Since the Treaty of Rome was signed in 1957 there has been very little modifications to the actual content of the articles - until the signing of the Treaty of Lisbon in 2007, changes only came in the form of additions to the original policies. For example, Article 2 stated that the EU should be promoting the 'economic good life'. The definition of this has changed and been expanded over time and now includes all of the following criterion: high employment, gender equality, high degree of competition, environmental quality improvements and rising living standards, to name but a few. Article 3 set out a list of activities to achieve the 'economic good life', this list has also been added to as the years have progressed and the dynamic of the community has changed. It now includes the following non-exhaustive list: immigration policy for non EU members, coordination of employment policy, environmental policies, improvements in industrial competitiveness, promotion of research and development and promotion of health and consumer protection. The Treaty of Lisbon is set to overhaul the original treaty in terms of its form, not its content. The main change would come in its promotion of the 'good life' as opposed to the 'economic good life', suggesting less emphasis is being placed on economic integration in more recent times. The result of this treaty will not be seen for many years yet as most of the policies aren't set to take effect until 2014 and beyond.
So European economic integration took place in a variety of stages. An index was created so economic historians could quantify the extent of integration (Mongelli et al. 2007). The suggestion from this index was that from 1958-1968 integration happened quickly and over these 10 years a Customs Union was formed. From 1973 to roughly 1986 there was a period of Euro-pessimism where little integration occurred because people were unsure of the effects. From 1986 to 1992 things picked up again as the Single Market was formed through the Single Market Programme. Finally, from 1992 onwards integration continued as the Economic and Monetary Union was adopted and of course the common currency came into effect.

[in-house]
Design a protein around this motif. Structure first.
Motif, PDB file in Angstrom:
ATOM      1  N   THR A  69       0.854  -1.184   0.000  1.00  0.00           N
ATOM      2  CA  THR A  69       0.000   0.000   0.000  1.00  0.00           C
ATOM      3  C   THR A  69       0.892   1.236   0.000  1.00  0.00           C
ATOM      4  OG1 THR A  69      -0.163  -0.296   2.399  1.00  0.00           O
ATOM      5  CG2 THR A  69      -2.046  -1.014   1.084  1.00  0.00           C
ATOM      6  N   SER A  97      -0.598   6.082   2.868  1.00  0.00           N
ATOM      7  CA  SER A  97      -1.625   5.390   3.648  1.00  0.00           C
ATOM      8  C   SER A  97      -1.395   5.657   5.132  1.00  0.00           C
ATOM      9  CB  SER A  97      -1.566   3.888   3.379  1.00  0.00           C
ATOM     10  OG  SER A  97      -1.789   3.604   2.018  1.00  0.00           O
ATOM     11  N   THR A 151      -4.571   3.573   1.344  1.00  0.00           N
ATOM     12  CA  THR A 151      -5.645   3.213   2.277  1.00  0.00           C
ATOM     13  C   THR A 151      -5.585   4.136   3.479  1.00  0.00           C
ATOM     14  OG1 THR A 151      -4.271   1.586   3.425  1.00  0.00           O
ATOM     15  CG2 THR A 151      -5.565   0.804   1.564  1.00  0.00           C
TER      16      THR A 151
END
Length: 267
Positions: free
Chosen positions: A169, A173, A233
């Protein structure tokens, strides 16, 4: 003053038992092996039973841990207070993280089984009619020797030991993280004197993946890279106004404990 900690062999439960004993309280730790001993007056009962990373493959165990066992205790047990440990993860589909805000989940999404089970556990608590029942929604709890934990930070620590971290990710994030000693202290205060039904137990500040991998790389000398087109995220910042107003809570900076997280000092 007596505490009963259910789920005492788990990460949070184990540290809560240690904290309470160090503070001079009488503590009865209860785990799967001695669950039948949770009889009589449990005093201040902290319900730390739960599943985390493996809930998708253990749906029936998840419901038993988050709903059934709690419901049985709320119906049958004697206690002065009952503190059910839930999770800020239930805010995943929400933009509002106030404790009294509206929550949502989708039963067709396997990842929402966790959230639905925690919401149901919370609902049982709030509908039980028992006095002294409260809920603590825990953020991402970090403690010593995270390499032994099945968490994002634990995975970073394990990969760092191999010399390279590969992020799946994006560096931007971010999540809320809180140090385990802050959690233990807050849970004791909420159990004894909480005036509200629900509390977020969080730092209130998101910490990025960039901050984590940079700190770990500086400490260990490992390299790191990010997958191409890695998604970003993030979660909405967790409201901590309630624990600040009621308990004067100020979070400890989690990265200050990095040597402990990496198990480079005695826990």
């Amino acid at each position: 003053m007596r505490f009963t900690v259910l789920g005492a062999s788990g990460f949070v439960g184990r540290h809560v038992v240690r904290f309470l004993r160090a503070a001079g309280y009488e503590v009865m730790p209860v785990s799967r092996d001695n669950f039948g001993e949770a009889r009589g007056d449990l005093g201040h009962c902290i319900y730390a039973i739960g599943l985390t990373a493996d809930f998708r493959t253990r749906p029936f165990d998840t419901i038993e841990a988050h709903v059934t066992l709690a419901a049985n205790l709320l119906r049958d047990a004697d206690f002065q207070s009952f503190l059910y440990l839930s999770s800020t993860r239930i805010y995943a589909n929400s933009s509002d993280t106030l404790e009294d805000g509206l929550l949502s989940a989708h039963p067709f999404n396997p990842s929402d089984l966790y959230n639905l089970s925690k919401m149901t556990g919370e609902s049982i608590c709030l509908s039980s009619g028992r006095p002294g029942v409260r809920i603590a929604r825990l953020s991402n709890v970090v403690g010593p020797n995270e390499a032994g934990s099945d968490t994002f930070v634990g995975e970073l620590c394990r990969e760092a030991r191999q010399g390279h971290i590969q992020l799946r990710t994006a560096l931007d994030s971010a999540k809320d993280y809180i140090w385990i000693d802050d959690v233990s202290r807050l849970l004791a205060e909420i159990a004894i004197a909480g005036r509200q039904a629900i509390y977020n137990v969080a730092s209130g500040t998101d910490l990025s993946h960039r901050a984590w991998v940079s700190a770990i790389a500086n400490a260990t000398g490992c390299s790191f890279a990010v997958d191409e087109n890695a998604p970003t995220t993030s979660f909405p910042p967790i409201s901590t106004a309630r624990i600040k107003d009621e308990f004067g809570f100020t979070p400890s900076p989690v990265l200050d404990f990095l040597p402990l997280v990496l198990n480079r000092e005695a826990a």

The structure of the EU changed drastically in 1992 and is set to change again when the effects of the Lisbon Treaty fully take effect. Prior to the signing of the Maastricht Treaty in 1992, all new integration had to be subject to majority voting before it was passed. This system was problematic - it created a divide. On one side we had "the Vanguards", Germany for instance, who were all for the spread of integration and would agree to any policy that improved things. On the other side was "the Doubters", the UK for example, who feared that further integration was forcing EU citizens to accept more integration that they didn't even want - therefore this side rejected most attempts at further integration. The solution was the Maastricht Treaty and its three pillar system. This organisational structure drew a line between supranational and intergovernmental policy areas. The first pillar contained all integration under the Treaty of Rome, and was still subject to supranational-ity (majority voting between members). This was the European Community. The second pillar was for all foreign and defence matters and the third pillar for police, justice and 'other home affairs'. This treaty put member states in full control of the second and third pillars, giving some independence. Integration is these two pillars was subject to direct negotiation between member states and required a full "yes" consensus before anything was passed. The development of the Treaty of Lisbon is set to remove the three pillar system.
What we can conclude is that economic integration in Europe has come about through a progressive series of treaties. The three most important ones to remember are the Treaty Establishing the European Community (Treaty of Rome), the Treaty on the European Union (Maastricht Treaty) and finally the Treaty of Lisbon. These three are the only ones that created real structural change to integration in Europe. The results of the Treaty of Lisbon are still in the pipeline, so it'll be a while before we can analyse the success of such a policy. Cheers for reading.